Many neurological disorders including schizophrenia and some forms of childhood epilepsy arise as a consequence of migratory defects during brain development. A gene that has been found to influence neuronal migration in the brain of the mouse is the reeler gene (reln). Although reln has now been cloned and the protein (Reelin) that it encodes has been identified, the mechanism by which Reelin affects neuronal migration is still unclear. The proposed studies will use sympathetic preganglionic neuronal migration as a model system to investigate the function of Reelin and the role of its signaling pathway in control of neuronal migration. The analysis of sympathetic preganglionic neuronal migration is appropriate for studies of Reelin function on neuronal positioning during development for a number of reasons: 1) Sympathetic preganglionic neurons form a discrete population that responds to Reelin. 2) The duration of preganglionic migration is short and the pathway can be well defined. 3) The migration of preganglionic neurons is amenable to quantitative analysis as proposed in the present research. 4) Migrating preganglionic neurons can be retrogradely labeled and identified in cell or explant cultures, making it possible to study the molecular mechanisms of Reelin signaling in vitro. 5) The mode of action of Reelin on preganglionic neuronal migration can be investigated in the slice culture through a variety of perturbation experiments that cannot be applied to brain development. Proposed studies will combine the expertise of 2 established investigators (Drs. T. Curran and J. Yip) to analyze the molecular and cellular basis of Reelin function.
Specific aims of the proposed research are to: 1) Analyze the migration of sympathetic preganglionic neurons as a model system for investigating Reelin function. 2) Use preganglionic neuronal migration as a model system to determine the role of Reelin in neuronal migration. 3) Investigate the role of the Reelin signaling pathway in control of preganglionic cell migration. Results will provide important insights on the molecular and cellular basis of Reelin function, and may reveal significant information about the mechanisms responsible for devastating diseases caused by abnormal migration.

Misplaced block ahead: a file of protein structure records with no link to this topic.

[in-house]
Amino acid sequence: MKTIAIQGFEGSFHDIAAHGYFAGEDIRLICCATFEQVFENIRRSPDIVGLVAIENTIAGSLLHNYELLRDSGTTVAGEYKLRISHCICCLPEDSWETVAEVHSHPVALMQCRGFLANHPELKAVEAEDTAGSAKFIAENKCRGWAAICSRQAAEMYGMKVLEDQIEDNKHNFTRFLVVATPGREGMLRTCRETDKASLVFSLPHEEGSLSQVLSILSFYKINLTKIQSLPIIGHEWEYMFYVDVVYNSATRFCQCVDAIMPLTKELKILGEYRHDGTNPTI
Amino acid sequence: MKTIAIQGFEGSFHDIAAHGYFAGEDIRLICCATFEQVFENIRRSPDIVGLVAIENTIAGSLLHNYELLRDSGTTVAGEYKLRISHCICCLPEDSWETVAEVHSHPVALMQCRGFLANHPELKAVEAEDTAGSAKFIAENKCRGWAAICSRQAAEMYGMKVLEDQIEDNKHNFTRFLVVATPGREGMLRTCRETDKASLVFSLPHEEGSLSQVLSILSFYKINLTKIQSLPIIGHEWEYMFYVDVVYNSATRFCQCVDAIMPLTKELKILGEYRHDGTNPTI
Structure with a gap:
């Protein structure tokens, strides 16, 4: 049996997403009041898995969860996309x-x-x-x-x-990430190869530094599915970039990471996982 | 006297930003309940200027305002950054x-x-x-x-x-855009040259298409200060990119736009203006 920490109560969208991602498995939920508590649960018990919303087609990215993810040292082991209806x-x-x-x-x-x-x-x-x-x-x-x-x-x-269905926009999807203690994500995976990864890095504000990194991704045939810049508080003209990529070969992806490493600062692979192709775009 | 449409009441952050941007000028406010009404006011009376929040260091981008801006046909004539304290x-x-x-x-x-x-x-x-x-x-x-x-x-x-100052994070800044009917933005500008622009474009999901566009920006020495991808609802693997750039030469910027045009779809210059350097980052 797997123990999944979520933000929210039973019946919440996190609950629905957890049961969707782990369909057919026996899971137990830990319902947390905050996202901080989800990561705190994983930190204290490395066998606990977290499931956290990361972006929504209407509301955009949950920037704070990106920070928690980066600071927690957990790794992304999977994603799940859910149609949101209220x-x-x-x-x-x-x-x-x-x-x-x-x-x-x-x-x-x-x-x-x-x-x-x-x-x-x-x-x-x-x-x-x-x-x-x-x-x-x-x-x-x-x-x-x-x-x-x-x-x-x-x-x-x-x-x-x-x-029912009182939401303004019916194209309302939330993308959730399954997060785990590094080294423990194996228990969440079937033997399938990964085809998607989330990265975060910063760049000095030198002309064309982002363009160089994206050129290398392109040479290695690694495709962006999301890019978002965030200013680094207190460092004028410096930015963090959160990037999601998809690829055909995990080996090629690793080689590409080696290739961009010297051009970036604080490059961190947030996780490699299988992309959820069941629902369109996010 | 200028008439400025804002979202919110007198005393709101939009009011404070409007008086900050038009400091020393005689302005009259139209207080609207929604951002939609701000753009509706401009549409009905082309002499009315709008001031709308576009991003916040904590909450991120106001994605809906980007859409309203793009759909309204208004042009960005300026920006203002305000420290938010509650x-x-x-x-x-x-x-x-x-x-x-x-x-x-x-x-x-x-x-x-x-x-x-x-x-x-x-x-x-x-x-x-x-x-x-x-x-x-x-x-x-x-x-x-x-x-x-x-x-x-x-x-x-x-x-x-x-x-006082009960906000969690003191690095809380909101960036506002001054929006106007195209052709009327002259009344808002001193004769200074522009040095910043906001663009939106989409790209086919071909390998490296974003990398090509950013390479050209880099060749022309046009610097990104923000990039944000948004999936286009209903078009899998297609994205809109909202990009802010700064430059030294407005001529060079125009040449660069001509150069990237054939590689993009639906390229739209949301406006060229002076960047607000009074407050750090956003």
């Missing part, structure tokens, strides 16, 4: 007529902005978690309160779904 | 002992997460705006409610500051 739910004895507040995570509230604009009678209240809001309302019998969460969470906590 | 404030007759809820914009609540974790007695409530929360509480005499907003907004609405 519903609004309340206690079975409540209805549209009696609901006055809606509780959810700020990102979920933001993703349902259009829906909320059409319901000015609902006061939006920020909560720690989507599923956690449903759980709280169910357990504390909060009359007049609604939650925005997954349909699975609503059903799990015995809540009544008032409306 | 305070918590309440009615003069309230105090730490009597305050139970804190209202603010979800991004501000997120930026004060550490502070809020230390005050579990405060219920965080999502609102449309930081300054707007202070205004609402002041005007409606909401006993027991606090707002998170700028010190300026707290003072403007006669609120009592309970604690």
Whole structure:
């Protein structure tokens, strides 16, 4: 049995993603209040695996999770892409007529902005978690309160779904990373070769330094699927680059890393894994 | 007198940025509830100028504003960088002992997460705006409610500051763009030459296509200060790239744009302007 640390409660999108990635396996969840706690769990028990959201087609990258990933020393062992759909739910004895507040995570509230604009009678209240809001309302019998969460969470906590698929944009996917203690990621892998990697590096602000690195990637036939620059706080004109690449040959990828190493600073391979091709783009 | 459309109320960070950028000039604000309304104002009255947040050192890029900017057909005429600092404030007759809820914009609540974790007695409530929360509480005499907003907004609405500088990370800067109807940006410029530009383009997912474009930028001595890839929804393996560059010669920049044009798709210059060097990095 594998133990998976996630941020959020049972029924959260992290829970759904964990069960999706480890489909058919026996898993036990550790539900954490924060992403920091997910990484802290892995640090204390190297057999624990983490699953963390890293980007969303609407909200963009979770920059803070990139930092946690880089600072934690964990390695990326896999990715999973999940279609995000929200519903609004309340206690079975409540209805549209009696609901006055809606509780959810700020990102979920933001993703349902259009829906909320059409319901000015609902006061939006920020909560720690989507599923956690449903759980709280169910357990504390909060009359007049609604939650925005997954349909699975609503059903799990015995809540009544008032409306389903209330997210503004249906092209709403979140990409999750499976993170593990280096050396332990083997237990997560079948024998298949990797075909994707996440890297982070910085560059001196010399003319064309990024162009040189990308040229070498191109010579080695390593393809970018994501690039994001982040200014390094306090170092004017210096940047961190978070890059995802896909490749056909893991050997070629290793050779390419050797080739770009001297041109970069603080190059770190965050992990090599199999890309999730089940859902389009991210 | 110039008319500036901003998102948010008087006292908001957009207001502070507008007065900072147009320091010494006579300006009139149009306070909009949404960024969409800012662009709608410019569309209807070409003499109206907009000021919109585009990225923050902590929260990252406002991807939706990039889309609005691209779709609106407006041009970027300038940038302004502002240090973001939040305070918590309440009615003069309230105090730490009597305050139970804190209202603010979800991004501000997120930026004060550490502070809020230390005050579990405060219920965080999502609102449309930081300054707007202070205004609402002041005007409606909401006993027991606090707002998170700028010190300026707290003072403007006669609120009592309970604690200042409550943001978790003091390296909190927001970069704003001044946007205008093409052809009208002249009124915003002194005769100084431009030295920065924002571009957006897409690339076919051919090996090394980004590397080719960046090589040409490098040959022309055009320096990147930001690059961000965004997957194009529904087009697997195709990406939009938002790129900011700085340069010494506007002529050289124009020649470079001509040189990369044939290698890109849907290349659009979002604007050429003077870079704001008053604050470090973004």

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|Yip, Yee Ping; Mehta, Nisha; Magdaleno, Susan et al. (2009) Ectopic expression of reelin alters migration of sympathetic preganglionic neurons in the spinal cord. J Comp Neurol 515:260-8|
|Yip, Yee Ping; Capriotti, Christine; Drill, Emily et al. (2007) Cdk5 selectively affects the migration of different populations of neurons in the developing spinal cord. J Comp Neurol 503:297-307|
|Yip, Yee Ping; Kronstadt-O'Brien, Priscilla; Capriotti, Christine et al. (2007) Migration of sympathetic preganglionic neurons in the spinal cord is regulated by Reelin-dependent Dab1 tyrosine phosphorylation and CrkL. J Comp Neurol 502:635-43|
|Yip, Yee Ping; Zhou, Guangdou; Capriotti, Christine et al. (2004) Location of preganglionic neurons is independent of birthdate but is correlated to reelin-producing cells in the spinal cord. J Comp Neurol 475:564-74|
|Yip, Yee Ping; Capriotti, Christine; Magdaleno, Susan et al. (2004) Components of the reelin signaling pathway are expressed in the spinal cord. J Comp Neurol 470:210-9|
|Yip, Y P; Rinaman, L; Capriotti, C et al. (2003) Ectopic sympathetic preganglionic neurons maintain proper connectivity in the reeler mutant mouse. Neuroscience 118:439-50|
|Yip, Yee Ping; Capriotti, Christine; Yip, Joseph W (2003) Migratory pathway of sympathetic preganglionic neurons in normal and reeler mutant mice. J Comp Neurol 460:94-105|